bah12

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Re: Teaching moment?
« Reply #97 on: December 12, 2013, 07:11:05 PM »
I'm in agreement with Ellen.

I don't think we really get to decide how others teach their kids.

Since we're very keen on theoretical scenarios, lets give one to the mom. Single mother, works two jobs, picks up daughter for lunch, and spends some time teaching her about monetary value before taking her back to day care/preschool for the rest of the day. Then the mom picks her up at the end of her first shift, takes her right to grandma's for a quick dinner and says goodnight before rushing off to stock shelves during the midnight shift.

Just as we don't know if someone in poor health might be in line behind her, we don't know this mother's story. She might not have time at home with her kid. Far-fetched, but just as possible as any of the other possibilities we have given to the theoretical people she might be inconveniencing.

Exactly. If the person in line ahead of you is supposed to know that you have trouble standing for too long, or are late for work, or have an aversion to whatever it is that they are doing to annoy you, in order for your to consider them "polite". Then why doesn't that work in reverse?  If someone is doing something that takes a couple of minutes, even if you feel it's unnecessary and inconvenient, what circumstance are you not considering of them? And would it not be the best behavior to not only wait patiently, but consider that maybe your needs aren't always the most important when passing judgement on them? (And I know someone will come back and say "it's not rude to judge as long as you don't say it out loud", but trust me when I say, you don't have to say the words for your judgement to be felt/known).

The thing is it is impossible that everyone is going to always do the most necessary things to get out of your way in the fastest time possible....it's also impossible that everyone will agree on what is necessary and reasonable (as is evidenced here).  Finally, it is impossible that those of you that are so adamant that this mother was rude have never inadvertently inconvenienced someone else for something that you thought was totally reasonable.

If you feel that you would be mortified if you thought you inconvenienced someone, then you should be mortified.  Because I'd bet a million dollars that you have done it, more than once, and wouldn't think twice about the actions that caused that inconvenience.  Not every inefficient thing in this world is rude.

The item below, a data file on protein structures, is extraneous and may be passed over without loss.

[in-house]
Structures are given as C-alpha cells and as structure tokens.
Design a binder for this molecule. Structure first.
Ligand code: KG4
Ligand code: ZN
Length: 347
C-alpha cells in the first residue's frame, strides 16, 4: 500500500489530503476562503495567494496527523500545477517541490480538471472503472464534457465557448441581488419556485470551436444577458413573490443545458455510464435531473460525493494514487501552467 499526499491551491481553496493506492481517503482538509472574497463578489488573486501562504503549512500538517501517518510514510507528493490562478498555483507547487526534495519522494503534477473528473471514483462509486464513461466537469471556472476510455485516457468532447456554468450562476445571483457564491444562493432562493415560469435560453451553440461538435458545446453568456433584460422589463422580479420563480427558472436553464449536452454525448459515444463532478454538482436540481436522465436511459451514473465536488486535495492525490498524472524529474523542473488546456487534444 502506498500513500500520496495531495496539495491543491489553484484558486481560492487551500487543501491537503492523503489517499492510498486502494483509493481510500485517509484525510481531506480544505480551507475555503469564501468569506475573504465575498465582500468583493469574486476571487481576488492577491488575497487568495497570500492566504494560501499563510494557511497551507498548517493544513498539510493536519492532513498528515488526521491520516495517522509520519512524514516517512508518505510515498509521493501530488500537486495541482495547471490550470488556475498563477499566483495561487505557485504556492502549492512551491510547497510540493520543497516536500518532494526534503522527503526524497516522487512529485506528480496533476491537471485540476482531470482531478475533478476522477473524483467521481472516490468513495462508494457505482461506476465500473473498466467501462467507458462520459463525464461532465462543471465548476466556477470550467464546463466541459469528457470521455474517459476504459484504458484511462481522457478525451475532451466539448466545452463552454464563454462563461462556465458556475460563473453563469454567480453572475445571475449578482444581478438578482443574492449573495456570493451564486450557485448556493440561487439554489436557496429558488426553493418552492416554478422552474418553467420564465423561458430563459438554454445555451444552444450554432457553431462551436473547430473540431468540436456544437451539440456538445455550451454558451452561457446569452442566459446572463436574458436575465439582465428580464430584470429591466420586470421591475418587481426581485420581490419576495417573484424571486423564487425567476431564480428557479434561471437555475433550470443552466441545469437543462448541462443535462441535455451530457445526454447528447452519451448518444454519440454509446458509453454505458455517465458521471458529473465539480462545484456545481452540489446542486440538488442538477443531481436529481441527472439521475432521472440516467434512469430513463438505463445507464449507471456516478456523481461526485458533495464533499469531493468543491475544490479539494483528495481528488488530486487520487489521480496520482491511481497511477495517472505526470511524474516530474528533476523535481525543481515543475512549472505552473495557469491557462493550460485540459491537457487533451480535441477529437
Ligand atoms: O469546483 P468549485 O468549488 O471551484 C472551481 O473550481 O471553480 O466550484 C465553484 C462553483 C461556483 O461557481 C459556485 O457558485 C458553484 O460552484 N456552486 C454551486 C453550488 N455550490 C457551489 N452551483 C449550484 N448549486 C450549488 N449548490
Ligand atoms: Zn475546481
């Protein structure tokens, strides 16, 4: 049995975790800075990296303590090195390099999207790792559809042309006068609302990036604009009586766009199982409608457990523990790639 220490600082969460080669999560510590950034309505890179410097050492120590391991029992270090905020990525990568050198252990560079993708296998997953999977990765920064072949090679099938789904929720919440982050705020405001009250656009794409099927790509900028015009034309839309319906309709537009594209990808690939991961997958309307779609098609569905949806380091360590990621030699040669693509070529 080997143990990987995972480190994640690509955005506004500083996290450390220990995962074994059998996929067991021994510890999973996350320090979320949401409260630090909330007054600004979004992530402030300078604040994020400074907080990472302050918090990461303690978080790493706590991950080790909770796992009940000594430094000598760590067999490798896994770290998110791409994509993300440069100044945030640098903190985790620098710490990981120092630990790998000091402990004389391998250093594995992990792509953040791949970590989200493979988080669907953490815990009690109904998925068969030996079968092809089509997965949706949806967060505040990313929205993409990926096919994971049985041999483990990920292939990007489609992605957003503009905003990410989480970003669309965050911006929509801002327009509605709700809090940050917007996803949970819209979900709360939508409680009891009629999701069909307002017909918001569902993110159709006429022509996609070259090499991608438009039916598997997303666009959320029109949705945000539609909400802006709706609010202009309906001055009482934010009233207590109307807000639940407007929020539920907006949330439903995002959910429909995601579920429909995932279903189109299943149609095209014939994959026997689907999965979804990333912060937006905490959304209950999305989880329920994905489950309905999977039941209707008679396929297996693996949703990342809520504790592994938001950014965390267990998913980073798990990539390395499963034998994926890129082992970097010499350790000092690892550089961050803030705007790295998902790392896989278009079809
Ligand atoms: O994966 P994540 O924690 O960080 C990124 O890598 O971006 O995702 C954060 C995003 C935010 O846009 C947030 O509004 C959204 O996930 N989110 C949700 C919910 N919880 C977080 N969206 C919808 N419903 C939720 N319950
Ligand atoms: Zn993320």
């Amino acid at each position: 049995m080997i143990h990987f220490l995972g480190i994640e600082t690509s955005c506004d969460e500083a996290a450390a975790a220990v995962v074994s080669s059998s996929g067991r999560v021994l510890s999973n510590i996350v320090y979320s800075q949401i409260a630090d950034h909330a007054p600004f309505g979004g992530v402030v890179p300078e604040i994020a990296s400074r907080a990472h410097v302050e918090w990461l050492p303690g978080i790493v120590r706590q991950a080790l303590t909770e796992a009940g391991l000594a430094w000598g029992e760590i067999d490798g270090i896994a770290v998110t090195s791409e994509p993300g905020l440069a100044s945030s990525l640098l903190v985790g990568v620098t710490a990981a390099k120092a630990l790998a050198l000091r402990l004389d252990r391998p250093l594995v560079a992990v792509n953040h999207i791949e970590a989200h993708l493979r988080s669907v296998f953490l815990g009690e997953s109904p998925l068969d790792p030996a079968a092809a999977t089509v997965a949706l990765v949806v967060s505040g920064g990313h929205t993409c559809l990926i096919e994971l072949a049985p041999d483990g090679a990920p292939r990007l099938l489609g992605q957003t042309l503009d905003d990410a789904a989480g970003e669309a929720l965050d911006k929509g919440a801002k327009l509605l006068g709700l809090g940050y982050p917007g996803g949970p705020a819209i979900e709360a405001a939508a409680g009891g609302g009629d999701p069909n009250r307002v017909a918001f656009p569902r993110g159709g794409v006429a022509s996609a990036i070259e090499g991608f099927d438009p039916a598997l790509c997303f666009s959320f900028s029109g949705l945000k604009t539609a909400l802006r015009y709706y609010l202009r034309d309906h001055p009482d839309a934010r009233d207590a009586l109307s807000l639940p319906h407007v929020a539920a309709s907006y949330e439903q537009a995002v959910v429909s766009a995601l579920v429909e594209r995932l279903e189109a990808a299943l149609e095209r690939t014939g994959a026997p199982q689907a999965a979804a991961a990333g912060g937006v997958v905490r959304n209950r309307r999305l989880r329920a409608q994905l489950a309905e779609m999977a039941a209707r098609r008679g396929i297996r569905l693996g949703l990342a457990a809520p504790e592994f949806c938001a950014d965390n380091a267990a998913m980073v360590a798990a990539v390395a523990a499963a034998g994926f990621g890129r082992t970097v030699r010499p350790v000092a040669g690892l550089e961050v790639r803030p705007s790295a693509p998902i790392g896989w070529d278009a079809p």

Per the bolded, I can't speak for anyone else, but that isn't what I said.

What I actually said was a counter to your assertion that 'five minutes isn't an inconvenience'. It might be to somebody. I then explained why it would be to me. That doesn't mean I expect you to know what my needs are if I'm in a queue behind you or that I won't patiently wait my turn or that I think my needs are more important than yours (and I find that assumption rather offensive), just that other peoples' perspective of what an inconvenience would be may be different to yours.

Teaching your child what value coins are which in a line is also not a 'need'. It can be done elsewhere, and if it's going to hold people up, should be.

I wasn't referring to you.  And what I said is I don't see waiting an extra two minutes (because five minutes is kind of average even for a small transaction), as such a huge inconvenience. It wouldn't even be on my radar...and the times that it has been on my radar wasn't because those extra two minutes were rude on the person that caused it, but more because of something that was totally my problem...like my lack of time, my headache, my too heavy purchases, whatever.  Five minutes might be an inconvenience to you...but that doesn't make it anyone else's problem.  Inconvenience is a part of life.  Reasonable and appropriate actions (even if you feel they are unecessary) are not rude just because they annoy or inconvenience you.

I'm pretty sure that the only reason that the OP even noticed this time is because the mother was doing something that she felt was unecessary.  And even if unecessary, it wasn't unreasonable or inappropriate. A quick lesson in a real life scenario during a non-crowded time for shopping is completely appropriate. Pointing out that someone was waiting wasn't "knowingly inconveniencing them."  Pointing it out could have been encouraging her child to be cognizant that there was a time limit.  She wasn't required to crab the coins from her child at that moment...no matter how much whoever was in line behind them didn't like it.

Allyson

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Re: Teaching moment?
« Reply #98 on: December 12, 2013, 08:27:30 PM »
I think both "at some point someone else will inconvenience you" and "we should do our best not to inconvenience others" are both pretty obviously true, so the debate seems to be about what a reasonable amount of time taken is, which is pretty hard to say.